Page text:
Biol139-lecture4-201 - BIOL 139 BIOL Pedigree Analysis Pedigree Chapter 2 con’t some of Chapter 3 Chapter pp 30 33 66 69 iGenetics pp 30 35

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Unformatted text preview: BIOL 139 BIOL Pedigree Analysis Pedigree Chapter 2 con’t (+ some of Chapter 3) Chapter pp 30 - 33, 66 - 69 iGenetics pp 30 - 35 H (tutorial 3) (tutorial Disadvantages to Genetic Studies in Humans: Disadvantages • • • generation time is long generation few offspring few no pure-breeding lines or controlled matings no • no true F2-generation; no interbreeding of no -generation; families families • Geneticists can follow a phenotype in: Geneticists • large families large • generations of same family generations • this family history known as a pedigree this Pedigree Analysis Pedigree Many human traits run in families : most do not show a simple Mendelian pattern of inheritance show Why ? Because most are influenced by more than one gene -multifactorial i.e. eye colour one Most confirmed single-gene traits in people are relatively rare, involving abnormalities that are either disabling or life-threatening Studying family genetic histories, or pedigrees, gives insight as to how mutant alleles causing abnormalities are inherited abnormalities Examples of single-gene traits in humans Examples Thalassemia pg 31, 301-302,337 Abnormal or reduced levels of hemoglobin, anemia, bone and spleen enlargement Sickle–cell disease Abnormal hemoglobin, sickle-shaped red cells, pg 31, 55, 337 anemia, blocked circulation, increased resistance to malaria Tay-Sachs disease Missing enzyme; build-up of fatty deposit in brain; pg 31, 54 build-up destroys nervous development; blindness, paralysis, mental retardation Phenylketonuria (PKU) Mutation in enzyme in metabolic pathway pg 31, 67 causes the amino acid phenylalanine to build up. Body deals with this by converting it to phenylpyruvic acid which interferes with early development of the nervous system; mental deficiency in untreated young β -thalassemia Hemoglobin is a tetrameric protein, made of 2 subunits of α-globin and 2 subunits of β -globin -in β -thalassemia, a mutation just in front of the coding region for the β -globin chain results in non-production of this subunit. Examples of single-gene traits in humans Examples Albinism Albinism pg 63-64 Missing enzyme in pathway to melanin production; unpigmented skin, hair and eyes Hypercholesterolemia Missing protein that removes cholesterol from Hypercholesterolemia pg 31 the blood: early heart attacks Huntington disease Progressive mental and neurological damage; pg 379 neurologic disorders by ages 40-70. Mutation caused by extra nucleotide repeats in the gene. Not sure what this gene does. Cystic fibrosis Mutations in a protein responsible for chloride ion pg 21, 137 regulation; accumulation of thick mucus in the lungs, digestive organs; difficulty breathing, pneumonia, digestive malfunctions albinism Symbols used in pedigree analysis Symbols Proband propositus - the first person to be investigated in a pedigree -usually the first person to come to the attention of the medical officer General Characteristics of Rare Recessive Traits: General Rare Horizontal pattern of inheritance • most affected individuals have two normal parents, affected both of whom are heterozygous. heterozygous • Trait appears in the next generation since 1/4 Trait of progeny are expected to be homozygous for of recessive allele (Mendel’s pattern of inheritance) recessive • All the offspring of two affected individuals will be All affected affected • Both genders are affected equally Both •most affected individuals have two normal parents, who are heterozygous most heterozygous •trait will appear in roughly ¼ of progeny of heterozygous union • not gender specific not • All the offspring of two affected individuals will be affected All • if trait very rare in population, then parents of affected individuals most often relatives Genotype unknown since too few progeny, but if rare can assume AA (but not always the case) Aa One of these persons is heterozygous Half progeny should be carriers Possibilities: as outlined above which makes most sense since we have two carriers by Generation III. Possible that I-1 is the carrier and I-2 is normal, but probability is that one of these individuals was a carrier.. If not then all of II would be normal and since III 5 and 6 are both carriers from two different “family lines” the trait would need to be introduced in generation II. This would require that II-1 AND II-5 were both carriers of which the probability would be very low especially if rare recessive… again not impossible but not as likely! Albinism: do not produce Albinism: pigment melanin pigment Individuals homozygous for Individuals recessive mutant alleles recessive usually rare • US about 1/17,000 (whites) •1/28,000 in African American • 1/10,000 Irish AA Aa Aa Aa Aa If rare, person expressing trait likely to mate with homozygous normal (AA) Next generation all carriers -“skips” generation -sporadic depending on mate being homo or heterozygote Cystic Fibrosis: Cystic Among Caucasians, about 3% of population are heterozygous heterozygous carriers of the recessive allele carriers abnormalities of pancreas, intestine, sweat glands and lungs abnormalities • imbalance of ions across cell membrane imbalance • in lungs leads to buildup of thick dry mucous in • respiratory problems may lead to early death respiratory Pedigree of a recessive trait Tracking back through generations….. We know that since female 4 has the trait, both parents are carriers From here, it is difficult to track, since there are so few offspring. Assuming it was present in the first generation In generation 1, at least 1 parent is heterozygous. There are not enough Cystic fibrosis children to set the geno-type of the other Cystic fibrosis parent. Summary of Pedigree: Recessive Summary • family pattern of people showing trait is horizontal horizontal • parents, grandparents etc do not themselves manifest disease, but several offspring in one generation may disease, • strong indicator trait is recessive strong • parents are heterozygous carriers carriers • many afflicted children from blood relative couples (1/4) many Sporadic, if affected individual mates with homozygous dominant (if rare) then many generations of phenotypically unaffected progeny will result (sporadic, skips generations –due to all progeny being carriers) Harmful recessive alleles exist in population in higher numbers than harmful dominants since heterozygotes can exist as carriers without any General Characteristics of Rare Recessive Traits: Rare Horizontal pattern of inheritance Affected phenotype only occurs in the homozygous condition (aa) Let A = dominant allele Let a = recessive allele • Most affected children have normal parents (both of whom are Aa) • Heterozygotes (Aa) have normal phenotype • Two affected parents will always have affected children • Close relatives who reproduce are more likely to have affected children • Both males and females are affected equally • Trait will appear in ¼ of progeny of heterozygous union •Horizontal pattern is strong indicator trait is recessive • parents are heterozygous carriers carriers General Characteristics of Dominant Traits: General In many cases, genotypic interactions between two alleles at a locus can be described as dominant or recessive, according to which of the two homozygous genotype (parents) the phenotype of the heterozygote most resembles. Where the heterozygote is indistinguishable from one of the homozygotes the allele is said to be dominant to the other which is said to be recessive The term “wild type” allele is sometimes used to describe an allele that is thought to contribute to the typical phenotypic character as seen in “wild” populations of organisms Such a “wild type” allele was historically regarded as common and “normal” in contrast to “mutant” alleles which are regarded as rare and deleterious General Characteristics of Dominant Traits: General • normal allele is recessive normal • abnormal allele is dominant Terms of phenotype • Dominant mutant alleles are expressed in a heterozygote when they are in combination with heterozygote the wild-type allele + wild-type • wild-type allele is the allele that predominates wild-type (is present in highest frequency) in population (is found in the “wild” found Recessive vs Dominant Alleles chromosome + A mutation Gene for melanin production + wild type allele –makes melanin - Gene for melanin production - mutant allele –no melanin a + Gene for melanin production + wild type allele makes melanin –found most common in nature (population) Remember: Looking at single genes with alternate alleles! Homozygous for trait – which is recessive No production melanin Progeny are albino - - - Aa progeny Heterozygous for trait + wild type allele –makes melanin F1 have colour –resemble one of parents ∴ allele is dominant to – which is recessive + aa Remember: The determination of dominance and recessiveness does not imply anything about the functioning of the alleles - Recessive vs Dominant Alleles chromosome HD+ Gene for Huntingtin -mutant allele altered function -Disease observed, nerve damage mutation Gene is Huntingtin discovered in 1993 + wild type allele (as of yet function unknown) + wild type allele makes normal functional protein –found most common in nature No signs of disease, no nerve damage Let HD be the mutant allele -Phenotypically will cause disease state HD+ HD Heterozygous for trait HD makes altered protein, “masks” wild F1 have HD symptoms (only one copy needed) ∴ allele is dominant to HD+ which is HD dominant recessive for protein function and HD phenotype Let HD+ be the wild type allele – phenotypically normal no disease state HD HD HD Homozygous for trait HD which is dominant Condition usually more severe in homozygous form • rare diseases, so to find individuals homozygous for dominant allele is very uncommon • ∴ an affected person in pedigree is most likely heterogyzote (Aa) • most pairings (in pedigree), likely to be heterozygous X a homozygous wild type i.e. dominant mutant allele is A wild-type allele is a+ Aa X a a • Two affected parents can have unaffected children unaffected i.e. Aa x Aa (1/4 will be normal) General Characteristics of Dominant Traits: General • Every affected person in the pedigree must have at least one affected parent (vertical) • The trait usually will not skip generations An affected heterozygous individual will, on average, transmit the mutant gene to half of his/her progeny i.e. dominant mutant allele is A wild-type allele is a (A a+) X (a+ a+) / A a+ / a+ a+ • Most dominant mutant genes that cause medical problems are in this category Huntington’s Disease: Huntington’s • late onset disease • usually don’t know have disease till after child bearing years • intellectual deterioration • severe depression • jerky, irregular movement • progressive death of nerve cells Dominant alleles that affect viability or fertility are usually lost from population or very low in frequency If Huntington’s disease is so severe, why does it persist in the population? Don’t forget rare recessives much more common (many single gene traits are recessive) in the population than dominants. Why? Pedigree of a dominant trait Pedigree Huntington’s disease • • • vertical path of disease strongly hints at rare dominant trait rare equally heritable from both mother and father not sex-linked equally when enough progeny present, we see that half of the offspring are when affected affected Pedigree of a dominant trait Pedigree Appears frequently in each generation Dominant traits like test cross test • view every mating between affected and unaffected as a test cross • if some progeny are unaffected then parent showing trait is heterozygous Wooly hair Autosomal vs. sex-linked traits Autosomal Autosomal trait – one that is conferred by a gene residing on a chromosome not involved in sex determination. The human genome consists of 46 chromosomes, 22 pairs of autosomes and 1 pair of sex chromosomes (the X and Y chromosome). Sex-linked trait – one that is conferred by a gene residing on the X or Y chromosome 22 pairs of Autosomal 1 pair pair sex sex Karyotype Recap: What is possible mode of inheritance for this pedigree? Can we say? Dominant? Father Aa+ heterozygous for dominant allele Mother is a+a+ (homozygous wild) Children would be ½ Aa+ and ½ a+a+ Recessive? Father is affected so homozygous recessive aa Mother is heterozygous Aa (carrier) Son is affected aa and daughter is carrier Aa As mentioned, would depend on the frequency of the allele in the general population.. That is how common is that allele If dominant only father would need to carry one copy of the allele to be affected In population with rare dominant (or recessive) chances are that would marry someone who is unaffected (normal wild) For it to be recessive, would need to have an affected marry a heterozygous If allele is very rare chances would be low that this would happen Need more generations to know for sure! ...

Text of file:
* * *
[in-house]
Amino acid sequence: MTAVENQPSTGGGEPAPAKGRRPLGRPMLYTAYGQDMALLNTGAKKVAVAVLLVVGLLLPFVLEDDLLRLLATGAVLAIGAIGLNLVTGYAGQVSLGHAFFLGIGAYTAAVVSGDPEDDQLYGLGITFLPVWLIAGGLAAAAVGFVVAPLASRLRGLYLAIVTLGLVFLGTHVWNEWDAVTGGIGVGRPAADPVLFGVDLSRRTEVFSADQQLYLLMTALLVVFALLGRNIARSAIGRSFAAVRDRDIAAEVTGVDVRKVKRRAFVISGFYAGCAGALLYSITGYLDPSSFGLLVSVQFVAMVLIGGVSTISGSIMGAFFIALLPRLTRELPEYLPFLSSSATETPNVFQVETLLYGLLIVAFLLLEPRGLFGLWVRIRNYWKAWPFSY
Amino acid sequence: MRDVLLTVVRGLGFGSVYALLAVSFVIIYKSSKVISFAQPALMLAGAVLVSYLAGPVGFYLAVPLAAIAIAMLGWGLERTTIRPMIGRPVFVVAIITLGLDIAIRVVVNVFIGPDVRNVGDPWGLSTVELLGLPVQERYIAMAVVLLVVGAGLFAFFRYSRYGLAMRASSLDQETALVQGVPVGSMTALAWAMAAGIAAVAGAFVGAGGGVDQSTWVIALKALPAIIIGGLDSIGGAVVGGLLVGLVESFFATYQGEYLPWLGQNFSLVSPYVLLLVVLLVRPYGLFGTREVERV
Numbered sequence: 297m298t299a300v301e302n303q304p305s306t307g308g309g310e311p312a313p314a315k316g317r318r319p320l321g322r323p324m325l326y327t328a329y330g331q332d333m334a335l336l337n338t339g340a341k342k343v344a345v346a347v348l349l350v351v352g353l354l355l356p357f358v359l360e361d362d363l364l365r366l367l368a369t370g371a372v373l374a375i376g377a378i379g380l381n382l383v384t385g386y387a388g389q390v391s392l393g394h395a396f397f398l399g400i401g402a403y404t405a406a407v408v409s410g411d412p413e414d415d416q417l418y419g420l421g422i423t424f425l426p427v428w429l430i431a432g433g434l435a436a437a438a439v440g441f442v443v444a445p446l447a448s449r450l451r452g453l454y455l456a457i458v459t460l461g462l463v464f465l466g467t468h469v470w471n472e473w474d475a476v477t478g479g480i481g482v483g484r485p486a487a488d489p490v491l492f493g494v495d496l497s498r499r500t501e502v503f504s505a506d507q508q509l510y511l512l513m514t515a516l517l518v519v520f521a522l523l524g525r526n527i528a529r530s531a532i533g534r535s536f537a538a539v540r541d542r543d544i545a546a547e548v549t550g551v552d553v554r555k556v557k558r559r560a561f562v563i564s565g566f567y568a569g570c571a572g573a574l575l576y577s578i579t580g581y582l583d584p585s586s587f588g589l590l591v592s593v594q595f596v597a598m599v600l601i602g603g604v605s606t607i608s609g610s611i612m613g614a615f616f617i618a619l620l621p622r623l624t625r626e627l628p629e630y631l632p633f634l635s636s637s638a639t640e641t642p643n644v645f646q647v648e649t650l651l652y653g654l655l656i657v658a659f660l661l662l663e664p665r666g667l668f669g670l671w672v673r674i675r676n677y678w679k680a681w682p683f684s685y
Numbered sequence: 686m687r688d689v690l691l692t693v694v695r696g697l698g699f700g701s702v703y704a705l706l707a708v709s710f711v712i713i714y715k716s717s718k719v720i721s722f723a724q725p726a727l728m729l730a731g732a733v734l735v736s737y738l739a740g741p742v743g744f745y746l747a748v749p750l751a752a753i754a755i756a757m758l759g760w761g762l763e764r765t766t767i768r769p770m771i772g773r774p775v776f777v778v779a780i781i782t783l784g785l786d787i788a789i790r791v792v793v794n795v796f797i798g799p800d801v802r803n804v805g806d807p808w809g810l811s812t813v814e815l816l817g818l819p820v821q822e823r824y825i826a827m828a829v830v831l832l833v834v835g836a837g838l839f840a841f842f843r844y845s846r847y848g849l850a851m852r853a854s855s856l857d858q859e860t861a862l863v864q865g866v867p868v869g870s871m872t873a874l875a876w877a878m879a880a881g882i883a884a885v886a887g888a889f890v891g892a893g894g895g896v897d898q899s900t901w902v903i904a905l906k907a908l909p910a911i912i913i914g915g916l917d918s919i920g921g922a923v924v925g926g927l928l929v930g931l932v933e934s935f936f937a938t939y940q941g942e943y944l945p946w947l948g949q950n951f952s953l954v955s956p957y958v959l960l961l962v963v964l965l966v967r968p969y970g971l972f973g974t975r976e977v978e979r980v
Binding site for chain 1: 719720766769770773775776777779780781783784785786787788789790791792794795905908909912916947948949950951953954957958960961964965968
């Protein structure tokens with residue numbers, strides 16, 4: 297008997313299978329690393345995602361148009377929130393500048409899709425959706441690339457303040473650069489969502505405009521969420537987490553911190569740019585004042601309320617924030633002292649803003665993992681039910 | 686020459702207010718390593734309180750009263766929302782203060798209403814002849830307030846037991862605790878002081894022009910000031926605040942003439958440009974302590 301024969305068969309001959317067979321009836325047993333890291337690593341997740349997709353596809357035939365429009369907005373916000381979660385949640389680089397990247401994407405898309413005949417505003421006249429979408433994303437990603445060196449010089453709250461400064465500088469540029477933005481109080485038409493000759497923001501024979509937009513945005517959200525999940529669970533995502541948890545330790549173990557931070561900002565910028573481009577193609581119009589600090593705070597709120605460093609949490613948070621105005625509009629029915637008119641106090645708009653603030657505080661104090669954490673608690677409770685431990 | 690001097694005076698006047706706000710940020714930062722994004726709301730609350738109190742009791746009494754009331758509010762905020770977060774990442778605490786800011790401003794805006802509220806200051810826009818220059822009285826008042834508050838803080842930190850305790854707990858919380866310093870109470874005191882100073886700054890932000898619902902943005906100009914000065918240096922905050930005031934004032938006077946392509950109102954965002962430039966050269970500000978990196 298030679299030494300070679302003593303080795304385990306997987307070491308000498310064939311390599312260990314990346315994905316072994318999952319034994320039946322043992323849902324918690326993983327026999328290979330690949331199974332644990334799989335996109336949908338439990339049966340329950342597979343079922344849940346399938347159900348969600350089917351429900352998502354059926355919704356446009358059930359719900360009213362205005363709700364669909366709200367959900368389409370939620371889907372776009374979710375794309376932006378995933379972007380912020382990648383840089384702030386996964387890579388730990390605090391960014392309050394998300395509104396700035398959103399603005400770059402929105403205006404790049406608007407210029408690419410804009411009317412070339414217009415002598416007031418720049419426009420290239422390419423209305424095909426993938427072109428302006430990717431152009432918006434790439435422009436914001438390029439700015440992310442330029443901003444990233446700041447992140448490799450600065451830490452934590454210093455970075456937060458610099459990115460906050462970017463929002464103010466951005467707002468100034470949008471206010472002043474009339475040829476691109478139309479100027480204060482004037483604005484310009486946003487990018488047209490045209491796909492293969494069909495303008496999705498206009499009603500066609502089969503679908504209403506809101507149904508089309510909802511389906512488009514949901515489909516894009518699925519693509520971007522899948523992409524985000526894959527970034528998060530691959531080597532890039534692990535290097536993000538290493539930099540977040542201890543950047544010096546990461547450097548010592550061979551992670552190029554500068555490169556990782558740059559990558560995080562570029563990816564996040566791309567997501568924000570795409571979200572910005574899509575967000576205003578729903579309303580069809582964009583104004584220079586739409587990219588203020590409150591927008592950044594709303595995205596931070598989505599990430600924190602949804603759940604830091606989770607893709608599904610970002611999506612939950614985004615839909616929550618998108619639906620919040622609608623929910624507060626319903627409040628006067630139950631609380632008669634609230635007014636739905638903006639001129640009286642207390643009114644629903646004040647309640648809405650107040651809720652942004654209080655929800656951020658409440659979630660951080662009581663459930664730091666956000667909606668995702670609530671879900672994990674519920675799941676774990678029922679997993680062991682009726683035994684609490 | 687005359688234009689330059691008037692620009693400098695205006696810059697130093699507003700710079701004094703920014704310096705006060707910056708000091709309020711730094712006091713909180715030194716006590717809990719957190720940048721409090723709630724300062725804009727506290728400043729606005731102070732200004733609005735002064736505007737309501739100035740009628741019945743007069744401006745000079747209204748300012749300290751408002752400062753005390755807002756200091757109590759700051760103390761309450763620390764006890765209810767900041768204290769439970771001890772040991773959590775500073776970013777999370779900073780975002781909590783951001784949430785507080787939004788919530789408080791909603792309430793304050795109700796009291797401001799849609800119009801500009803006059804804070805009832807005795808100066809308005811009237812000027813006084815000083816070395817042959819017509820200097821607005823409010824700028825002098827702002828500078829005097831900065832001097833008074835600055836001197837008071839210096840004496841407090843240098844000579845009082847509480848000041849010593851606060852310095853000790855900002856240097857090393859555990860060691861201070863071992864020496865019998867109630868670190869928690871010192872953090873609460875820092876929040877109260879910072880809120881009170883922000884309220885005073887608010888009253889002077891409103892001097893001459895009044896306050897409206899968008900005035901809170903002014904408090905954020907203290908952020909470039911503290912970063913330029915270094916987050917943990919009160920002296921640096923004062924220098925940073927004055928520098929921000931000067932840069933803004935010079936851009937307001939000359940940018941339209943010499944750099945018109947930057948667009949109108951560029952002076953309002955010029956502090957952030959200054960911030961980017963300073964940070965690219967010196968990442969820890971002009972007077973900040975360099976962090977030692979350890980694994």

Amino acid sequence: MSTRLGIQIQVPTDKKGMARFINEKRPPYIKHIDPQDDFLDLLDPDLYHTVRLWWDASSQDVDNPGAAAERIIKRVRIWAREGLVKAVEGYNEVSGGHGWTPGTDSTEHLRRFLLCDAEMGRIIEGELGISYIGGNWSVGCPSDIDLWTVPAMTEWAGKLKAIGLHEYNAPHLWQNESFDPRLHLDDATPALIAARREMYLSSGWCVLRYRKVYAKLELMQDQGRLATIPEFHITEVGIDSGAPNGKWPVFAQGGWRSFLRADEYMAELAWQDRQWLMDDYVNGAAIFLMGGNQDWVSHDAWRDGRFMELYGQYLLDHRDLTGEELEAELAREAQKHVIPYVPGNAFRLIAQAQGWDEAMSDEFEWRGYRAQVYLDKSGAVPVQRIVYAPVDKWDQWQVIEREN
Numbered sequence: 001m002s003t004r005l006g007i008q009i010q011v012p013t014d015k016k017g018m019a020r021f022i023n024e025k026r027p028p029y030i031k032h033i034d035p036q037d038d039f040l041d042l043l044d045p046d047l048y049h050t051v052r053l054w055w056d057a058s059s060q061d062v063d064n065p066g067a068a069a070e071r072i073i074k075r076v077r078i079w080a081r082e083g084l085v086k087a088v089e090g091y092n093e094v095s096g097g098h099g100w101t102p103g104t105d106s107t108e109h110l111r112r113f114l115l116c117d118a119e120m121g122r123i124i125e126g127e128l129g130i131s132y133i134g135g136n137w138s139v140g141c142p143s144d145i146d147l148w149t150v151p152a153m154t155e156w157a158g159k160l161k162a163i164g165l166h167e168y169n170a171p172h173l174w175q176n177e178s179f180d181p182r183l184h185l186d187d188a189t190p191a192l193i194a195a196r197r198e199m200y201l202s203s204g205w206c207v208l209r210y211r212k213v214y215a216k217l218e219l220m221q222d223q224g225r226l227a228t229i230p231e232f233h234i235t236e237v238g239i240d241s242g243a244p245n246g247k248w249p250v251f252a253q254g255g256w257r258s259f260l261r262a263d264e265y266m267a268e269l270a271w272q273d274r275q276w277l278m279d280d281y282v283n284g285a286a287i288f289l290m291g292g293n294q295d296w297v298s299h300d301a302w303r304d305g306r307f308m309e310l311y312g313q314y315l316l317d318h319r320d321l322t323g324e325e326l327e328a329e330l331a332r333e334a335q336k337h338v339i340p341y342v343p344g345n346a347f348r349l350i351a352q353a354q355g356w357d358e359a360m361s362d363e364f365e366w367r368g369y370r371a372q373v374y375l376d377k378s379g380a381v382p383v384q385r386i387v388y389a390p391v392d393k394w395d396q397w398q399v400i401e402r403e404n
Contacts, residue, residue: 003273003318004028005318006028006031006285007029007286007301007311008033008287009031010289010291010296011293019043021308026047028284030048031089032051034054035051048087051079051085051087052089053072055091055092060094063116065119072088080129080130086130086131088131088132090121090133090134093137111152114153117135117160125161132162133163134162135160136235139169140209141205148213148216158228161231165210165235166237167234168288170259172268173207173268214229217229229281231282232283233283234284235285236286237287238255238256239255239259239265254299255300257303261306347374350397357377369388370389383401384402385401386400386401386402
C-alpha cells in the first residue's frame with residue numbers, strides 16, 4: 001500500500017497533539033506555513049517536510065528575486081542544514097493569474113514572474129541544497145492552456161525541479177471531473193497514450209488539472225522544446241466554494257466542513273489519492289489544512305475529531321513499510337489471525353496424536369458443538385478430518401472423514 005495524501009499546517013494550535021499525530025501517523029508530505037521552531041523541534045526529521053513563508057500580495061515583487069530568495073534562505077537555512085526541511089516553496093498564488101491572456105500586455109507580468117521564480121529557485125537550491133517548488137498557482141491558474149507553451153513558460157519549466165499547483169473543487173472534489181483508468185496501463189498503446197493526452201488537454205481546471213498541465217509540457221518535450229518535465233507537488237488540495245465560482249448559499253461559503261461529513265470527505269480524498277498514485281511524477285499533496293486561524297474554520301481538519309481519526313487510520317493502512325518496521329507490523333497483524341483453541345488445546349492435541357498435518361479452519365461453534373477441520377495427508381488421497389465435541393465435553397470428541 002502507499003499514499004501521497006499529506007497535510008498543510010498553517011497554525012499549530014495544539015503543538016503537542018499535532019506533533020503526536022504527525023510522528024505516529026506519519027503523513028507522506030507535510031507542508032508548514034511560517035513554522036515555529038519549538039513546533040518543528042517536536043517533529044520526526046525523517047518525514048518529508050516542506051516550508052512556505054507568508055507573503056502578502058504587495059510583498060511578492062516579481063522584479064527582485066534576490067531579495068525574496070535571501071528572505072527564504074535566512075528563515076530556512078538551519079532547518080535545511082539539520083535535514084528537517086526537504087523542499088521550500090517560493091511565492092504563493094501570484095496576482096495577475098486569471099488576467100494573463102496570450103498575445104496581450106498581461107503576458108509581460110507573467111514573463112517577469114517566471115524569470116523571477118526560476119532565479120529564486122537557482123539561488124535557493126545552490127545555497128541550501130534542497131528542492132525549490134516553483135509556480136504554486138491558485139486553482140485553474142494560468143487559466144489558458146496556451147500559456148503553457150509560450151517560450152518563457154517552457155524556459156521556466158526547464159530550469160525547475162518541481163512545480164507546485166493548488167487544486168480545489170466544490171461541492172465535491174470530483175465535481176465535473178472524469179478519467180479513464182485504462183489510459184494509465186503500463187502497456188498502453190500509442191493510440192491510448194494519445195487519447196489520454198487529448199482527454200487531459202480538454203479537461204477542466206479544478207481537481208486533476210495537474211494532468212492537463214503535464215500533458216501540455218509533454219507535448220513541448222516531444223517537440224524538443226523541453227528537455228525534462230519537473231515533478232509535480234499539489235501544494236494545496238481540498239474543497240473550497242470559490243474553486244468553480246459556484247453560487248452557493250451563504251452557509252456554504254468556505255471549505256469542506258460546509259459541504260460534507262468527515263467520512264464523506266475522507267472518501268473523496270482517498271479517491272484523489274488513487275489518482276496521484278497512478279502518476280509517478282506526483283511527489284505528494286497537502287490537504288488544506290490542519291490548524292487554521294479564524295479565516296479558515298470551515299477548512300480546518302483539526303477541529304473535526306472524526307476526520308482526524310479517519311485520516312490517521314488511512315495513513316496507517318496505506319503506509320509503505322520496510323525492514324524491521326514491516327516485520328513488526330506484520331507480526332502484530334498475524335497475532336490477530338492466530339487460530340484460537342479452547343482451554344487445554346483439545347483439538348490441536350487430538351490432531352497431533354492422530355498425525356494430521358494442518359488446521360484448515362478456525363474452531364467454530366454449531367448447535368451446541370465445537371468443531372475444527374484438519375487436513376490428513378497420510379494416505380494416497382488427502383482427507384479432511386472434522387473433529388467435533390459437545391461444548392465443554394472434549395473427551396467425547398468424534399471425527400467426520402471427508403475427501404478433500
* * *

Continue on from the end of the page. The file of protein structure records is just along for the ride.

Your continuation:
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This note was uploaded on 10/04/2011 for the course BIOL 139 taught by Professor Christinedupont during the Spring '10 term at Waterloo.